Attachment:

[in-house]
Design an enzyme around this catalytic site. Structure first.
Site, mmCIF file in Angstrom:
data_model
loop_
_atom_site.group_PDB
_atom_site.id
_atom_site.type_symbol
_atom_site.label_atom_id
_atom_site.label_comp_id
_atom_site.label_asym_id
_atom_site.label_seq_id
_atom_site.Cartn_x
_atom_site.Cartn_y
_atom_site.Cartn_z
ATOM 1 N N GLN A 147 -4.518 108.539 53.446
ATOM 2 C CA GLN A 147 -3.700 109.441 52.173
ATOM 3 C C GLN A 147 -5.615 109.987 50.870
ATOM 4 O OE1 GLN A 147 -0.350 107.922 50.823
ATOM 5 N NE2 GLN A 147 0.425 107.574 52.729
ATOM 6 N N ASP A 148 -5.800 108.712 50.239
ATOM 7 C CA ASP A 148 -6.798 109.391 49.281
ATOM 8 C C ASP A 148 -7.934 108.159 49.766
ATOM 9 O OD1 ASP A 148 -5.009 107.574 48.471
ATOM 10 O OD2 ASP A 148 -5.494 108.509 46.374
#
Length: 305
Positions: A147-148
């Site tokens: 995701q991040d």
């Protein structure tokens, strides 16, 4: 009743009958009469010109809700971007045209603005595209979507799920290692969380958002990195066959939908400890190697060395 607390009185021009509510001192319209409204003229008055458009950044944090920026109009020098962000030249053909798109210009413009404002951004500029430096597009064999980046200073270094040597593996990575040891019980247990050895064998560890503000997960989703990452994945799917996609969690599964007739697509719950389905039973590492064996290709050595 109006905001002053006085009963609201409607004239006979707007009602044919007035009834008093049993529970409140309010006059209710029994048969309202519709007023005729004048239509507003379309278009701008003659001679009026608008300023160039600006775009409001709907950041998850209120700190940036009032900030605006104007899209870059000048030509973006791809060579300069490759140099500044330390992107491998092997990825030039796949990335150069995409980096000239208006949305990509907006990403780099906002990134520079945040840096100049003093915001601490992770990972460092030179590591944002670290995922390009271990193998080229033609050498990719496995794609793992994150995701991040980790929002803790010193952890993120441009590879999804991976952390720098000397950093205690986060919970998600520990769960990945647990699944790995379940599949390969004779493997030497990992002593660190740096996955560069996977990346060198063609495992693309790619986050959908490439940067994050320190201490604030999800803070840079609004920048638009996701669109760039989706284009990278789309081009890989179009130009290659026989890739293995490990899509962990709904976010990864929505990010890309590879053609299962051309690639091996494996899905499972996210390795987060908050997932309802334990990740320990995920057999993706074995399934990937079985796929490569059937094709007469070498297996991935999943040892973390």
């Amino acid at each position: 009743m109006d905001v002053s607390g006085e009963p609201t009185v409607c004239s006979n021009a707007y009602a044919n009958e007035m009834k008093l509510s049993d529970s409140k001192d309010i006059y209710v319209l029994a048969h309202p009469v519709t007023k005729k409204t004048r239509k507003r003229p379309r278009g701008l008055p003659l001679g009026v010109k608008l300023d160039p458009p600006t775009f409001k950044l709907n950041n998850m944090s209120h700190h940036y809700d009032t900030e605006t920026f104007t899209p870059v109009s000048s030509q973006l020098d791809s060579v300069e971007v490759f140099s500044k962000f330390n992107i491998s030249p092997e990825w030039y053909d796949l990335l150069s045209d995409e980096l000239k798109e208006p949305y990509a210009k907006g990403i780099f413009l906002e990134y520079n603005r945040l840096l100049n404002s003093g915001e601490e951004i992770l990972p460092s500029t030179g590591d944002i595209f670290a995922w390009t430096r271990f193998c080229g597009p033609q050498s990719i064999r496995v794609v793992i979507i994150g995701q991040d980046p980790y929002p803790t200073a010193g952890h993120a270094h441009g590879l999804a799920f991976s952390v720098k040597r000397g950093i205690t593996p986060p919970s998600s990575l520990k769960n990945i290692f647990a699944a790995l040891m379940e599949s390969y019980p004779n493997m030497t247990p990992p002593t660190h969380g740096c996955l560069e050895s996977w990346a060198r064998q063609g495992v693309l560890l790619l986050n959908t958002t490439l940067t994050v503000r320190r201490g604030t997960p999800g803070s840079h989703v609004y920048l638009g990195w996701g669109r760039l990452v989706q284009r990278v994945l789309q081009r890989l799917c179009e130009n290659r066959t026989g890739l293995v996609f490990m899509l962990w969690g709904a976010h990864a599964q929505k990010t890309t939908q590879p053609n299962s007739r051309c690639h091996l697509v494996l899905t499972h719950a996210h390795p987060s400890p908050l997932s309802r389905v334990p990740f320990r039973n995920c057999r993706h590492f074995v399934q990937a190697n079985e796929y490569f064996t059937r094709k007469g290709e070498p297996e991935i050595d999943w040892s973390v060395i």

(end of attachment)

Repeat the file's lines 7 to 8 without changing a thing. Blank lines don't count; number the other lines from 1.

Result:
_atom_site.id
_atom_site.type_symbol